How to Please the Good Shepherd

one sheep in flock

When I was in college I was one of very few Latter-day Saints on campus. Students who learned that I was LDS were mostly unimpressed, and one comment I got a lot was “You’re just a bunch of mindless sheep.” I was without a comeback for quite a while (probably because I’m mindless…) but then started responding, “It’s hard to be a sheep. It takes a lot of focus. It’s more natural to be a goat.”

Matthew 25 talks about sheep and goats:

And before him shall be gathered all nations: and he shall separate them one from another, as a shepherd divideth his sheep from the goats:

And he shall set the sheep on his right hand, but the goats on the left.

Then shall the King say unto them on his right hand, Come, ye blessed of my Father, inherit the kingdom prepared for you from the foundation of the world…(Matt 25:32 – 34).

So sheep must have something going for them… Other than being so cute that someone I know slept with a lamb stuffed animal well into her teens. (Okay, fine! It was me! And I was in my 20’s!) What is it about them that so pleases the Lord that He uses them as examples in the scriptures? And how can we be good sheep?

1. Know the Master’s voice

smart sheep believe

And when he putteth forth his own sheep, he goeth before them, and the sheep follow him: for they know his voice.

And a stranger will they not follow, but will flee from him: for they know not the voice of strangers (John 10:4, 5).

Sheep don’t follow blindly. They know that safety lies in following the shepherd they can trust. They’ve learned to trust their shepherd because they’ve seen that he cares for them enough to risk his life to protect them. Trust is faith, and we follow Jesus Christ because we know Him. And to truly know Him — to know of His goodness, purity, and love — is to trust Him implicitly.

2. Be willing to nudge that sheep who’s drifting away

Firstly, I’ve never felt more understood than I do by the main sheep in this picture. This is literally me with those buckets of ice cream. #noregrets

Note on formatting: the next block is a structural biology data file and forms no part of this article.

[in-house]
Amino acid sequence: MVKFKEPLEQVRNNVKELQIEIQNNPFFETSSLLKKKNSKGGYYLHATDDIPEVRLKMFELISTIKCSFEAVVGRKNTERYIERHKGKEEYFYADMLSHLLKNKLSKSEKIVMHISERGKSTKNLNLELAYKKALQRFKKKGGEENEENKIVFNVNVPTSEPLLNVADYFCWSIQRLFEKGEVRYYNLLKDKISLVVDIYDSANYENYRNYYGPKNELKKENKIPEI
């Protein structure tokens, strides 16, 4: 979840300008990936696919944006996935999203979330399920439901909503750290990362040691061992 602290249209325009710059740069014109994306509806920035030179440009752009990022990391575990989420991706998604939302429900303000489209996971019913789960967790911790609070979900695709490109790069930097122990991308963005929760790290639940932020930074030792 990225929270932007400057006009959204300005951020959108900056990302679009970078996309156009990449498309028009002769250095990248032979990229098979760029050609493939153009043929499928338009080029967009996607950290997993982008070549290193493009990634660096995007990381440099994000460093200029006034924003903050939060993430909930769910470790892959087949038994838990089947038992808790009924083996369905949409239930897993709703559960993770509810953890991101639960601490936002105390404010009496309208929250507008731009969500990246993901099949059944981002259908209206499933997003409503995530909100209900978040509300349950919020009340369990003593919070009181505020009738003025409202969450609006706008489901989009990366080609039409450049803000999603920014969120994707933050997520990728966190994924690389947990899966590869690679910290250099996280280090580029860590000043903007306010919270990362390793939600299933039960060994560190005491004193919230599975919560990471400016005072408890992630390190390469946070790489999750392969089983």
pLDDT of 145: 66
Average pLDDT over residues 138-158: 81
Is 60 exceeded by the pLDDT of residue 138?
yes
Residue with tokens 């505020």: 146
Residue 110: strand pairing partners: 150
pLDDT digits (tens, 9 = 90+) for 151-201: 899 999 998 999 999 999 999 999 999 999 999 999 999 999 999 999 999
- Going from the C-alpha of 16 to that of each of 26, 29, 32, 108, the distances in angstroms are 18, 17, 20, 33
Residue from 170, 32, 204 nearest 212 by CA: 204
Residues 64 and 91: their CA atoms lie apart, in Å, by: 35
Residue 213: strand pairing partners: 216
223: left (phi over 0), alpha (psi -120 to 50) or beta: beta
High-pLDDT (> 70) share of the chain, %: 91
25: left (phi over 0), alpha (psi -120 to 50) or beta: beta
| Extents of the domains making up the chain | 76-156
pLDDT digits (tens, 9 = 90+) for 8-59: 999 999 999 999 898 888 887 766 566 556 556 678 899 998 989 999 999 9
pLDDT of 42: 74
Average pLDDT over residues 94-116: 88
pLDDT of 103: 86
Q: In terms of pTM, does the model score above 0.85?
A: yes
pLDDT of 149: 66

Secondly (and more importantly), once a sheep is lost, the Good Shepherd will go and find him. But there is strength in numbers, and flocking together and supporting each other is nurturing and protective. Has that sheep next to you temporarily lost sight of the shepherd. Can ministering in the moment help? When you are feeling lost or alone, what helps you to come back to or remain in the fold?

3. Be inclusive

When we lived in the Holy Land, we began to appreciate the diversity of the sheep we saw in pastures there. Of course, there were black sheep, but even in a flock of all-white sheep, their various personalities became apparent in the way they bleated at each other. There was always that coarse blat among the little baas. But no one else seemed to mind.

And so it should be with us. We should be kind to and inclusive of all people, regardless of our differences. Doing so will add strength to our flock and joy to our lives as we experience the blessings that diversity offers.

4. Be vigilant

wolf among sheepSatan is mounting an attack on faith from every angle, in any way possible. With all of the distractions around us, it can be easy to overlook him. To counter his attacks, we must be vigilant in living the gospel of Jesus Christ and following the Master’s teachings. When we do so, we will be able to see Satan’s enticing temptations and avoid them.

(Also, if you tell me you didn’t almost pee your pants in terror when you noticed that wolf among the sheep, YOU ARE A LIAR!!)

5. Be eager and attentive

attentive sheep

Can you imagine how happy a shepherd would be if he looked at his flock of sheep and saw this? (Also, how happy it makes ME? Would it be weird for me to frame this picture and put it on my wall? LOL JK, I don’t care, doing it anyway!!)

In all seriousness, though, attitude is everything. If we are eager to learn more about the gospel and apply its teachings (rather than grudgingly going to church or rolling our eyes at every family prayer), we will not only find greater happiness, we will also be better sheep.

Gale Boyd is the managing editor for She is a Jewish convert to The Church of Jesus Christ of Latter-day Saints and has lived all over the world. She has raised 6 Third Culture Kids and is always homesick for somewhere.
Amy Carpenter is the site manager and editor for She served a full-time mission for The Church of Jesus Christ of Latter-day Saints in Denver, Colorado, where she learned to love mountains and despise snow. She has a passion for peanut butter, dancing badly, and most of all, the gospel.